"Verdict: Extra-Swell" (, 13 January 1934)]
(November 1932)[The last of Hammett's three short stories featuring private detective Sam Spade.]
(February 1934)[Short story about boxing, narrated by a boxer, Kid Bolan]
CAUTION: Certain language in this story may seem racist by the standards of today.
This is a major event in the peaceful existence of the village of Garth...]
(1933)[Short story, the basis for the 1952 filmof the same name,directed by John Ford and starring John Wayne and Maureen O'Hara.
Read, download, borrow W. Somerset Maugham's novels free.
Features: A Man and His Kite - story by Somerset Maugham - first appearance of The Kite; Sins of the Innocent - complete novel by Katherine Albert; A Subsidy for Marriage?; What the Doctors Now Think About Vitamins; Communism Ends At Home, by Clare Boothe Luce; Why Husbands Are Like That; The Most Inspiring Woman I Ever Met - Sarah Blanding, President of Vassar; A Volunteer Firefighter's Wife; A Gift of Beauty for your Home; Make Music Work For You; The Lesson I Learned From the Loving Hermit; Betty White - young wife in St.
Analysis On The Luncheon Written By a Prominent …
-----------hardcover, red cloth, a Very Good+ copy with a bit of sunning at upper spine tip and a bit of age darkening to lower edge of boards, in a solid Good dustjacket with some light soiling and age toning, includes 4 stories by Maugham a swell as the screenplays from the stories as well as one still from each short film, each story is linked by the 'voice' of Maugham who ties the stories together, The Facts of Life starred Basil radford, Angela baddeley, mai Zetterling, etc ---The Alien Corn starred Dirk Bogarde, Honor Blackman, etc ---The Kite starred Mervyn Jones, Hermione Baddeley, etc ---The Colonel's lady starred Patrick Holt, Ernest Thesiger, etc., any image directly beside this listing is the actual book and not a generic photo.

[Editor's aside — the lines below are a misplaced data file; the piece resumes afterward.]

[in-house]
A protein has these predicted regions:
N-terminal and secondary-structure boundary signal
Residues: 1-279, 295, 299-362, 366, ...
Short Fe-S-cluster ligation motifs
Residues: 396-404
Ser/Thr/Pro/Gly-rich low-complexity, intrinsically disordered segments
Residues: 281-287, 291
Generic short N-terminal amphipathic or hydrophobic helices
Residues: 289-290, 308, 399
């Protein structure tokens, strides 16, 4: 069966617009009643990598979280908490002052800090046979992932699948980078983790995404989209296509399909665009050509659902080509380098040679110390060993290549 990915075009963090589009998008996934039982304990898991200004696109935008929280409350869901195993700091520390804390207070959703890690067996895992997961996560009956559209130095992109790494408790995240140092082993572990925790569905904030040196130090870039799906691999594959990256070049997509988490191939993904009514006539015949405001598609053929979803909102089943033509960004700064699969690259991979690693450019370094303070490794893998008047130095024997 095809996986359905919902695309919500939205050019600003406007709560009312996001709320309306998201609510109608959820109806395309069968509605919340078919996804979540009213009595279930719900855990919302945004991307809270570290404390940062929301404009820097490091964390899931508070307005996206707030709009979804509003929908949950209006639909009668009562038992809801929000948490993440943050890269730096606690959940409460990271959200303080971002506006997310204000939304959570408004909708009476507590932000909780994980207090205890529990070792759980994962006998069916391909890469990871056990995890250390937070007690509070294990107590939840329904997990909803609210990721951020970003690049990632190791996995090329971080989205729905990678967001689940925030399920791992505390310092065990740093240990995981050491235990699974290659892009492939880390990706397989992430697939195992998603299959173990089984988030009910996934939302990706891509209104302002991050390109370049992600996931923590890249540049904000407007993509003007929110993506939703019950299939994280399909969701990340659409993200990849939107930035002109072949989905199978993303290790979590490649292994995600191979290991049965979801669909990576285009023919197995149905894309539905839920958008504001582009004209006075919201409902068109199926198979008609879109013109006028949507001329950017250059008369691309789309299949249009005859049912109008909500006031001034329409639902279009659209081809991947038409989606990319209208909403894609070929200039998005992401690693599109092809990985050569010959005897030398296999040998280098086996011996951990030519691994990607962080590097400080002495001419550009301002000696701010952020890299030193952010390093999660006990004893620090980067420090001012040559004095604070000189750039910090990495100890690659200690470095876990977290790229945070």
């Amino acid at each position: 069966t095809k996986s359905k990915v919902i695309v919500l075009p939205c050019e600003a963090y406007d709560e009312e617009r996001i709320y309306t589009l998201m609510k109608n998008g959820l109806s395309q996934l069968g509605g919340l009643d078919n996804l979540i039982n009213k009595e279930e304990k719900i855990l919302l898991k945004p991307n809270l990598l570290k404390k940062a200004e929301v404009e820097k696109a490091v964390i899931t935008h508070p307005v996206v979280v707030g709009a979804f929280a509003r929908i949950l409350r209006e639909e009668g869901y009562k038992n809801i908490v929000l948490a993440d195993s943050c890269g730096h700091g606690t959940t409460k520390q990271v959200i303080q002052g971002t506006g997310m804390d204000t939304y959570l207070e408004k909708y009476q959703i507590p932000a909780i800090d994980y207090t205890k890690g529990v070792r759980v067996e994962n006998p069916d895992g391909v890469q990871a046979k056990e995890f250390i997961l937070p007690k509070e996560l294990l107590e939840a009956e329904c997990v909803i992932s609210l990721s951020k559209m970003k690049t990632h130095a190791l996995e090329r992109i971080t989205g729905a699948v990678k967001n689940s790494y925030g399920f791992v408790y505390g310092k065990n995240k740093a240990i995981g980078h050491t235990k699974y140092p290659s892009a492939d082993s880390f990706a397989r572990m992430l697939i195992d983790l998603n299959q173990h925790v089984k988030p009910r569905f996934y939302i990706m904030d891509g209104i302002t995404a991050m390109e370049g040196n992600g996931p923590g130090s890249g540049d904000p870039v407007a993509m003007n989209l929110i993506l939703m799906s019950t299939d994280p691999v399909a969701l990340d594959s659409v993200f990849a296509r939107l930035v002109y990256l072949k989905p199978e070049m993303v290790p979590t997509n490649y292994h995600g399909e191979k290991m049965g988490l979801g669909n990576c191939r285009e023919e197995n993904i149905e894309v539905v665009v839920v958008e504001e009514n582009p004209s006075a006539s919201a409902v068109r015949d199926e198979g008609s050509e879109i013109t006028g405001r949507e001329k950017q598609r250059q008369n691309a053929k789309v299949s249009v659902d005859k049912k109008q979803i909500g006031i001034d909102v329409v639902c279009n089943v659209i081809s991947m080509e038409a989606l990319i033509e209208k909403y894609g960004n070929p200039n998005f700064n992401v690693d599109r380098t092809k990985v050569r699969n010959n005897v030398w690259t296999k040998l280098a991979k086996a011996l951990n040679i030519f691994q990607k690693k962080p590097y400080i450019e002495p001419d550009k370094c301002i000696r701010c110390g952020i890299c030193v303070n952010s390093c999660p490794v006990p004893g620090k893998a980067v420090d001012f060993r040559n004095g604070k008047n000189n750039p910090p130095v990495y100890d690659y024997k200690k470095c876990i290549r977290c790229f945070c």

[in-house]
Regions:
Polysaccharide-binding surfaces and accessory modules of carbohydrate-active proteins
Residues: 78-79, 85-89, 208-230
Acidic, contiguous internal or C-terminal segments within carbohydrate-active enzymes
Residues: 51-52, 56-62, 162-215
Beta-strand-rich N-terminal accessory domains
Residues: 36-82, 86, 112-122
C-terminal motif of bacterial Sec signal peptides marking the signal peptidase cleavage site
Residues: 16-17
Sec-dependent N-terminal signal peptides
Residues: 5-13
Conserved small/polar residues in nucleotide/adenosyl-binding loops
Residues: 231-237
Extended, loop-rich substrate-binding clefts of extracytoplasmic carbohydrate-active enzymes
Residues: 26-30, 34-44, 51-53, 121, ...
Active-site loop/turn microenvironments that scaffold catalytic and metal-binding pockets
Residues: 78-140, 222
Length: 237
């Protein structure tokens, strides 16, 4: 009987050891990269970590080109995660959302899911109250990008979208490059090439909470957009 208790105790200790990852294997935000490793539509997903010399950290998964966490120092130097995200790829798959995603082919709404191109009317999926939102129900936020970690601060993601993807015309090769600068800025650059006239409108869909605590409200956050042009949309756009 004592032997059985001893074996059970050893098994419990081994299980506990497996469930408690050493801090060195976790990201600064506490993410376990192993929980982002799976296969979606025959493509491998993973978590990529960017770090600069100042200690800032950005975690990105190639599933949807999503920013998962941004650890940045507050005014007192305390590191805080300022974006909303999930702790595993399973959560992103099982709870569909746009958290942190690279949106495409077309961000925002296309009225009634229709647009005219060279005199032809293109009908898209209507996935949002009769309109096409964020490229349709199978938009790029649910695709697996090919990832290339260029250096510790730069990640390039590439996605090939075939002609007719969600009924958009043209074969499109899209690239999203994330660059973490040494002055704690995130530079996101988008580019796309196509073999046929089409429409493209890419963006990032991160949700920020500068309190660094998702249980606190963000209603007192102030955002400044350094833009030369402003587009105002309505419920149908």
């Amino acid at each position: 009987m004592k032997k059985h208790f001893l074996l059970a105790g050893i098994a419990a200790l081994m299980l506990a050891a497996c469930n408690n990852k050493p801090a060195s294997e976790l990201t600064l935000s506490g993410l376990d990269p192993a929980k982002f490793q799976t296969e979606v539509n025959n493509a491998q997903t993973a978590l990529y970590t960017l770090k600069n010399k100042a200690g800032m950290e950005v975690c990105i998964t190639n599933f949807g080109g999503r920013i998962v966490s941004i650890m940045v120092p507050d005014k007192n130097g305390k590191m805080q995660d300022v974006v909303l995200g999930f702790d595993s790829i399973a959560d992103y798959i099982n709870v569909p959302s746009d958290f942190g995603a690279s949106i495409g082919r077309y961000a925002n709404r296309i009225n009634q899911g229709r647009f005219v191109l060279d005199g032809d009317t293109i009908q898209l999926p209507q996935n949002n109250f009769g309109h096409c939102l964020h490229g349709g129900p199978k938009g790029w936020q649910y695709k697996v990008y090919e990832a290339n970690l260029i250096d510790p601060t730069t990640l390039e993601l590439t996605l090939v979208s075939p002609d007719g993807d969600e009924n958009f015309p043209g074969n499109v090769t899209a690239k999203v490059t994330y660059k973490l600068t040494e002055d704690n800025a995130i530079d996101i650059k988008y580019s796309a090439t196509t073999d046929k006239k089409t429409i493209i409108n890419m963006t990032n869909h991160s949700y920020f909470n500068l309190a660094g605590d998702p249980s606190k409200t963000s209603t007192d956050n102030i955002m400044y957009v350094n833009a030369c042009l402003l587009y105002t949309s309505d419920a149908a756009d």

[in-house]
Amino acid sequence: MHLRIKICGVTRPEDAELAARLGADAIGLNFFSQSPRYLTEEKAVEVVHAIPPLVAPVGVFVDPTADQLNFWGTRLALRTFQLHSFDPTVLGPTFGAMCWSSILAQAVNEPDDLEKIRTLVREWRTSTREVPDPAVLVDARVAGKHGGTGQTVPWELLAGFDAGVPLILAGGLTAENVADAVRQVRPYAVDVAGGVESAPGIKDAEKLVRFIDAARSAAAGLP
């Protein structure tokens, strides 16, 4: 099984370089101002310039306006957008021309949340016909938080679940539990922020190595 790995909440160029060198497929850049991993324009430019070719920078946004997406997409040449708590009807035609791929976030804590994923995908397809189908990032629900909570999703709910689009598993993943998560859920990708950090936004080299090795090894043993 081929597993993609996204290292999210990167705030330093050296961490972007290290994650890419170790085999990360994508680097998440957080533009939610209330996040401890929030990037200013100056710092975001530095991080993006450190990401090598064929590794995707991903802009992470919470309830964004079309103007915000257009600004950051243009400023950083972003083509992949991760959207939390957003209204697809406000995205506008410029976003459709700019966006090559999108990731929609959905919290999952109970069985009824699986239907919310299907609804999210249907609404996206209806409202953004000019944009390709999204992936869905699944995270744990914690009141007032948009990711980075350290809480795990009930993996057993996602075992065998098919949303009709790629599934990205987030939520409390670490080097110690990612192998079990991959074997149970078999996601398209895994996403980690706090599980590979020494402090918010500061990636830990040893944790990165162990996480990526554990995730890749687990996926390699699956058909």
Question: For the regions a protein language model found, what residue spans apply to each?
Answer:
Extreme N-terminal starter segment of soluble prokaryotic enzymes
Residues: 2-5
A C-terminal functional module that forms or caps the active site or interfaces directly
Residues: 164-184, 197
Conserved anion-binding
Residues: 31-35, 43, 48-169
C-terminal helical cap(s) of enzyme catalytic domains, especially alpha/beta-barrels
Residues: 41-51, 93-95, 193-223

W. Somerset Maugham | LibraryThing
Maugham’s earliest successes were in the theater, and by the 1920s, with several plays often running simultaneously in New York and London, he had the money and leisure to devote himself to the form he loved best: the short story. Amazingly, this was an age in which stories could be cash cows. A 1923 contract with the Hearst magazines guaranteed Maugham payment of $2,500 per story, while from his most famous story, “Rain,”he earned more than $1 million in royalties.